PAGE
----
From Mumbai, Maharashra, India:
My 65 year old grandfather, who is a strict vegetarian and has NIDDM, needs a general diet chart. Please give some tips.
In typeá2 diabetes (NIDDM), blood sugar control requires keeping the insulin demand created by food in balance with the amount of insulin the body can still make available. This is true whether your father takes no medicine for his diabetes, oral hypoglycemic agents, or oral tablets in combination with injected insulin.
The foods that have the most impact on this balance are the carbohydrate-containing foods: rice and other grains, puri, chapati and other forms of bread, fruits, and so on. The simplest advice to assist your grandfather, without knowing his weight, medicines, blood sugar values, activity level and so on, would be to divide the carbohydrate-containing foods which he eats as evenly through the day as possible. With fruit for example, to have several smaller portions throughout the day, instead of one or two bigger ones. To keep the amount of chapati eaten at a single meal modest, and so on.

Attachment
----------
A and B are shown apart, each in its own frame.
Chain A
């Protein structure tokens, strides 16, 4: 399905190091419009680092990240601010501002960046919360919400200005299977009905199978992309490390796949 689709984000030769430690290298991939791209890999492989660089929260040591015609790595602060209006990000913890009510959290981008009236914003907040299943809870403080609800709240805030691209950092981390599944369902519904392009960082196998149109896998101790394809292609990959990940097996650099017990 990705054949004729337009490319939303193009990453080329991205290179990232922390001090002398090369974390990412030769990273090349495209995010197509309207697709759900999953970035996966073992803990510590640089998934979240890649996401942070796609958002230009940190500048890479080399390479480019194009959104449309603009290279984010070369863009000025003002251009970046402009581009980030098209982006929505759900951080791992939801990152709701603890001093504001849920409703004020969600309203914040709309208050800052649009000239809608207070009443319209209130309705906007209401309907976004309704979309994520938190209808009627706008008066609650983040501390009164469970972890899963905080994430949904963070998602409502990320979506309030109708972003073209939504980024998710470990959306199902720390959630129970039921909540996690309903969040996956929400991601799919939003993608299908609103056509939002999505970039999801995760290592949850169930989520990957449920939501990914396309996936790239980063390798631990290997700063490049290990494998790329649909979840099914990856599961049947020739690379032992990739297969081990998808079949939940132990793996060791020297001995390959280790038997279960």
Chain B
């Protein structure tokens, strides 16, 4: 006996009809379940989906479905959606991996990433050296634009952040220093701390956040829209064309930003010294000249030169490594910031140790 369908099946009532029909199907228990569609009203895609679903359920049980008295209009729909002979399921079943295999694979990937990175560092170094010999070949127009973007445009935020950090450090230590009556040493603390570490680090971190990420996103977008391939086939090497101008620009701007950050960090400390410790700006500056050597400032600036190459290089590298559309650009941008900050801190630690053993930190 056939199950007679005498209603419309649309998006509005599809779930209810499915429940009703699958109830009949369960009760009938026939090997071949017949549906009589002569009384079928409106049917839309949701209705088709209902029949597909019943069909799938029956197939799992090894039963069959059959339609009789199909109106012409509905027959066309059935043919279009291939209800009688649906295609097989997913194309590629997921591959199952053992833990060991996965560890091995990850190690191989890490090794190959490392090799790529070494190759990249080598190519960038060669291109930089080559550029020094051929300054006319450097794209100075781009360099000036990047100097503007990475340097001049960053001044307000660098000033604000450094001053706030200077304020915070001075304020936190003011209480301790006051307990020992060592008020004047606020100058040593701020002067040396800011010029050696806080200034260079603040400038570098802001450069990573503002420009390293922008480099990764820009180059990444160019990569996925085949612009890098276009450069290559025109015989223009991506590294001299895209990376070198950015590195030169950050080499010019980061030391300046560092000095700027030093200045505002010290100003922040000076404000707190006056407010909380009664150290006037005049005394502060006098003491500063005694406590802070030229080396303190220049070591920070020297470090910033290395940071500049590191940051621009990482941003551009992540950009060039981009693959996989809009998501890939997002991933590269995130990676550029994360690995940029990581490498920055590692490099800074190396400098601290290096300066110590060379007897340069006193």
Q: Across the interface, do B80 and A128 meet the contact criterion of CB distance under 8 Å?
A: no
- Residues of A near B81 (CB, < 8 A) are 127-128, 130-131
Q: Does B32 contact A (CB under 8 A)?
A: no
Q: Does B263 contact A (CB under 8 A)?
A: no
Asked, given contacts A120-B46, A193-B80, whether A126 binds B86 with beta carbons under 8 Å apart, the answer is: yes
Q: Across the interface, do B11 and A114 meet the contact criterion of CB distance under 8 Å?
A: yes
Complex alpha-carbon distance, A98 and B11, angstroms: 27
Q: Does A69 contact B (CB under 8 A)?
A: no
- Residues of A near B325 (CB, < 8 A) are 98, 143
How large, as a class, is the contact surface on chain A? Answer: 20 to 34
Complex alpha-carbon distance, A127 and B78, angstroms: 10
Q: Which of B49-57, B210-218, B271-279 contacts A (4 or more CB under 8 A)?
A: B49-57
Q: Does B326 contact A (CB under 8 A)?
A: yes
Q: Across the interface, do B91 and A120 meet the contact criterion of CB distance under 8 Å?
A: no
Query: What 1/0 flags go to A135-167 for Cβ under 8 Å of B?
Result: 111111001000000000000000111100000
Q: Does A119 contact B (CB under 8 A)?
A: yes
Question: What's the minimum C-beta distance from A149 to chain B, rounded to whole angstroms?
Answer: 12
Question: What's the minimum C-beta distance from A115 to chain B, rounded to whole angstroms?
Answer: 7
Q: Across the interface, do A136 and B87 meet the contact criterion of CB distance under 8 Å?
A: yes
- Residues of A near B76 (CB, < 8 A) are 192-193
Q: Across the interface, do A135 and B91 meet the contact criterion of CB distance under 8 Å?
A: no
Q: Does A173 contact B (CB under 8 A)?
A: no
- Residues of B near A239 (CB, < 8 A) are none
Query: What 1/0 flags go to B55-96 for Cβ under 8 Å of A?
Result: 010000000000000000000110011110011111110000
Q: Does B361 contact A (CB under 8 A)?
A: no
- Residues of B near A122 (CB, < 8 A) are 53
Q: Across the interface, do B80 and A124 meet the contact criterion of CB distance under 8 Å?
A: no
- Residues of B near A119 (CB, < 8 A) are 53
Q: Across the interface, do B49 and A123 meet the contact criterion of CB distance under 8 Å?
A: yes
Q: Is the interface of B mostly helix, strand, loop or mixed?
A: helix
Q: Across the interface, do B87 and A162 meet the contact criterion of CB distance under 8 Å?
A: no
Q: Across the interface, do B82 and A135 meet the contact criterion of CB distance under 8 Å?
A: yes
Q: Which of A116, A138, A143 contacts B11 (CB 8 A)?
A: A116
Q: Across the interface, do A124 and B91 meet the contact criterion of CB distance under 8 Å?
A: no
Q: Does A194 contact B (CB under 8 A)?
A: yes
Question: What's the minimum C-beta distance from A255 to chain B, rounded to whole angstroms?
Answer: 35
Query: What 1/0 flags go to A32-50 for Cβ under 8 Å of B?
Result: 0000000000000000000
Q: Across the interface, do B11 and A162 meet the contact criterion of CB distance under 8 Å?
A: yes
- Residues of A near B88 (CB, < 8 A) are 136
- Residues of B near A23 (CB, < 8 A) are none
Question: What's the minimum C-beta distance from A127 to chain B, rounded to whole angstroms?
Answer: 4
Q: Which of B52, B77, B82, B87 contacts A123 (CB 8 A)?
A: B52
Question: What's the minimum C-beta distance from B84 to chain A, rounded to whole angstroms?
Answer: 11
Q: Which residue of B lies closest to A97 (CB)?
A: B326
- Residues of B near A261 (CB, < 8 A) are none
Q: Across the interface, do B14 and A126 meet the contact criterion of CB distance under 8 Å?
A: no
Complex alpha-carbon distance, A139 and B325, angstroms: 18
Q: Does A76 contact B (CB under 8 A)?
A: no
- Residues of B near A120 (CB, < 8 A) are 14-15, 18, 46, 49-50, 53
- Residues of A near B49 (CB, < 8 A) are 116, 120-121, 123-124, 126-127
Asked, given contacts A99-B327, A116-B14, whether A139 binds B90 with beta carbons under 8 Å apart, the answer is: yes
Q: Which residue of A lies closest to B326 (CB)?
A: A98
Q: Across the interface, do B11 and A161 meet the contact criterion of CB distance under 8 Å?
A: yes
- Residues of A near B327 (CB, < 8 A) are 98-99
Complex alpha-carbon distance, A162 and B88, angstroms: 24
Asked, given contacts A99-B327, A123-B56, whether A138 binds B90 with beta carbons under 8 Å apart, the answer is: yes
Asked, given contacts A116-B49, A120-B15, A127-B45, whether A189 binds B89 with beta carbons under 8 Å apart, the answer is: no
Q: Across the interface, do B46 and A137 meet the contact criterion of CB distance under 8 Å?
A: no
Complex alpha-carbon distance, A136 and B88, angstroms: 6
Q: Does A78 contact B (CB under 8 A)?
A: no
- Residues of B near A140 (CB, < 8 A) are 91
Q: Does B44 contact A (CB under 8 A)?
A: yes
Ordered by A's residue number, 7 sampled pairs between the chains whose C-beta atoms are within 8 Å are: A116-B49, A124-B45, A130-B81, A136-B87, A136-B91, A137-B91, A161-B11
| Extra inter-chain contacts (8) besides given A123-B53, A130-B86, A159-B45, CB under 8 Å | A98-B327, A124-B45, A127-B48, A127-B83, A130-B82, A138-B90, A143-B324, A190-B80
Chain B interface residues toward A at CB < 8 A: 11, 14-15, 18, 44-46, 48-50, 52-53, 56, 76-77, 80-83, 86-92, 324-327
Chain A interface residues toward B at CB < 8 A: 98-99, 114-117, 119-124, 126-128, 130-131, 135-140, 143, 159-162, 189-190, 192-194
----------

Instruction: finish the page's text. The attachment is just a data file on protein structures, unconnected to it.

Your grandfather can judge how this is working by testing blood sugar about one to two hours after eating, if he has access to blood glucose monitoring supplies. Keeping the after meal blood sugar below about 180 mg/dl [10 mmol/L] or even a bit lower is what most authorities recommend as a protection against the complications of diabetes.
In short, his normal preferred vegetarian food choices are fine, but should be divided up evenly through the day to prevent large rises in blood sugar after big meals.
Original posting 19 Mar 2001
Posted to Meal Planning, Food and Diet
|Return to the Top of This Page|
Last Updated: Tuesday April 06, 2010 15:09:20
This Internet site provides information of a general nature and is designed for educational purposes only. If you have any concerns about your own health or the health of your child, you should always consult with a physician or other health care professional.
This site is published by T-1 Today, Inc. (d/b/a Children with Diabetes), a 501c3 not-for-profit organization, which is responsible for its contents. Our mission is to provide education and support to families living with type 1 diabetes.
© Children with Diabetes, Inc. 1995-2018. Comments and Feedback.